In an interesting dispute involving interplay of anti-dumping proceedings under the Customs Tariff Act, 1975 and the Customs Tariff (Identification, Assessment and Collection of Anti-Dumping Duty on Dumped Articles and for Determination of Injury) Rules, 1995 (‘Anti-dumping Rules’) with the Right to Information Act, 2005 (‘RTI Act’), the Delhi High Court has held that there is no inconsistency between the provisions of the RTI Act and the Anti-dumping Rules. According to the Court, the entire purpose of having a complete and self-sufficient scheme for disclosure of confidential information under the Anti-dumping Rules would be defeated if persons who are participating in anti-dumping investigation are permitted to tangentially seek information under the RTI Act.
The High Court, by its Judgement dated 23 March 2023, hence set aside the order of the Central Information Commission, directing the Anti-dumping Authority to provide the information regarding a note sheet relating to initiation of anti-dumping investigation, containing various portions of information which, according to the Court, may be confidential to the Applicants who had asked to initiate anti-dumping investigations.
It was of the view that the Anti-dumping Authority is vested with specialised knowledge relating to the trade as also the exclusive knowledge in respect of anti-dumping proceedings, and that such knowledge would enable the said Authority to take a considered decision as to whether the particular information is to be disclosed or not. It also noted that such expertise does not vest with the CPIO/PIO or other authorities under the RTI Act.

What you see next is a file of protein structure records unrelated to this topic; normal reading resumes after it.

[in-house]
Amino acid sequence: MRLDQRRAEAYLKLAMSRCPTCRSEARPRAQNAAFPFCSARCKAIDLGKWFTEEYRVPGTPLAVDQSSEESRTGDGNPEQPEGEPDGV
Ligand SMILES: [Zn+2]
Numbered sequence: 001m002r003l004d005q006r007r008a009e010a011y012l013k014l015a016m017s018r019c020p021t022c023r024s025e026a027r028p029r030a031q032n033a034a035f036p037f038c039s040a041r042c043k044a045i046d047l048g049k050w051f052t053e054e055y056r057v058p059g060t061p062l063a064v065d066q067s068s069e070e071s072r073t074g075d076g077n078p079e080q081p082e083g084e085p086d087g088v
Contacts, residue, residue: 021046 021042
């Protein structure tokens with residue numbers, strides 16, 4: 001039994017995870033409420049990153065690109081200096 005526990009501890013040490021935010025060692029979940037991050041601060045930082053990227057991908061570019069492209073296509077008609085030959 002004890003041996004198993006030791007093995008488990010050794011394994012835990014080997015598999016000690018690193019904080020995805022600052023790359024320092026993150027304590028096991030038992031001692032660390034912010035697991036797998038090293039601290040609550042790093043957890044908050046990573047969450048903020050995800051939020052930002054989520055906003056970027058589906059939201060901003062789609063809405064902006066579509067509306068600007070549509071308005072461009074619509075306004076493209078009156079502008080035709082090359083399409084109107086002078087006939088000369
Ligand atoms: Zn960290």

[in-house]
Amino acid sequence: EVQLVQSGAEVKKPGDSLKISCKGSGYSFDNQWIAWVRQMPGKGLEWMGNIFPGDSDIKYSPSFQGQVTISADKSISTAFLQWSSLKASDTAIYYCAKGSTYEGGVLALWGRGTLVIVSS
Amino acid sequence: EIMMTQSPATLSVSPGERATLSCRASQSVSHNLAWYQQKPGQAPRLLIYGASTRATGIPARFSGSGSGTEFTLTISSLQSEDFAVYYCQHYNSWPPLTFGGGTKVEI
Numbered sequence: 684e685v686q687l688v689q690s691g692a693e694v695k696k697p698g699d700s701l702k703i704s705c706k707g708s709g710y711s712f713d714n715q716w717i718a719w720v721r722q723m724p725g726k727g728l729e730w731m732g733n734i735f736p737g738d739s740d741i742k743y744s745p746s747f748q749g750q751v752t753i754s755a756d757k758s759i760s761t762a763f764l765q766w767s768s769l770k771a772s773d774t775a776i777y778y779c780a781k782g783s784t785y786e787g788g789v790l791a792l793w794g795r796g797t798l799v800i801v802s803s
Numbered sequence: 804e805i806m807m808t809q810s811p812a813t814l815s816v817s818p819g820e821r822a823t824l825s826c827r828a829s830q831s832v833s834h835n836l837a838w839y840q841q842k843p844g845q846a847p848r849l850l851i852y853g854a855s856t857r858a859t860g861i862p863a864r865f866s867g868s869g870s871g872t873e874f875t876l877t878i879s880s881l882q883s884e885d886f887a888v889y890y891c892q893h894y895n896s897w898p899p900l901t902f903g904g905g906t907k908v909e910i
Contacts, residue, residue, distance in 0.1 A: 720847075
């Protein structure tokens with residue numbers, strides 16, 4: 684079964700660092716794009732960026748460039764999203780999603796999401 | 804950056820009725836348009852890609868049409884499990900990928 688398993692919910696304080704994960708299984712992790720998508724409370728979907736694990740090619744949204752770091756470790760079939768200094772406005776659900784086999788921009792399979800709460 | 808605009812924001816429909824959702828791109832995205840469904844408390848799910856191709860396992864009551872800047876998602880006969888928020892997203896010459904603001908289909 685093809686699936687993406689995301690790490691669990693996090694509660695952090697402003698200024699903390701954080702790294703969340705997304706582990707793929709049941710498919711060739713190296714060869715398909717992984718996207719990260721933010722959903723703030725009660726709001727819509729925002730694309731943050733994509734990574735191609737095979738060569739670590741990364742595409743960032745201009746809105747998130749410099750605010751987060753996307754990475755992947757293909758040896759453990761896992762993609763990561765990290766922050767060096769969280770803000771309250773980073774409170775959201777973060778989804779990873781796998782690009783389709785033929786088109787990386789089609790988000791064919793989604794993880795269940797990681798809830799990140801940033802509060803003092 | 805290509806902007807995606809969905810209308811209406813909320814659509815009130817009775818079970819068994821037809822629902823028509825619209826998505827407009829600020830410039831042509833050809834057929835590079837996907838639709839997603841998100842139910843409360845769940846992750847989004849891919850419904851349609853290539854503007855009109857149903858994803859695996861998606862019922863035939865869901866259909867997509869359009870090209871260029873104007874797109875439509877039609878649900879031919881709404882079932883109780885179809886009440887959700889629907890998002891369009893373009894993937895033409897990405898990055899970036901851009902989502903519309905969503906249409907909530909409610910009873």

The High Court in the case Union of India v. Arvind M Kapoor was also of the opinion that the imposition of anti-dumping duty and confidential information disclosed in such proceedings would have a significant impact on the economic interest and trade relations of India, as also would constitute information received by the authority in confidence, in the course of adjudication, which cannot be subjected to disclosure. It observed that the level of recognition accorded to preserving confidentiality of information in the larger interest of global trade, countries involved, entities from different countries who could be exporters, importers and other stakeholders, cannot be ignored and deserves to be protected and recognized.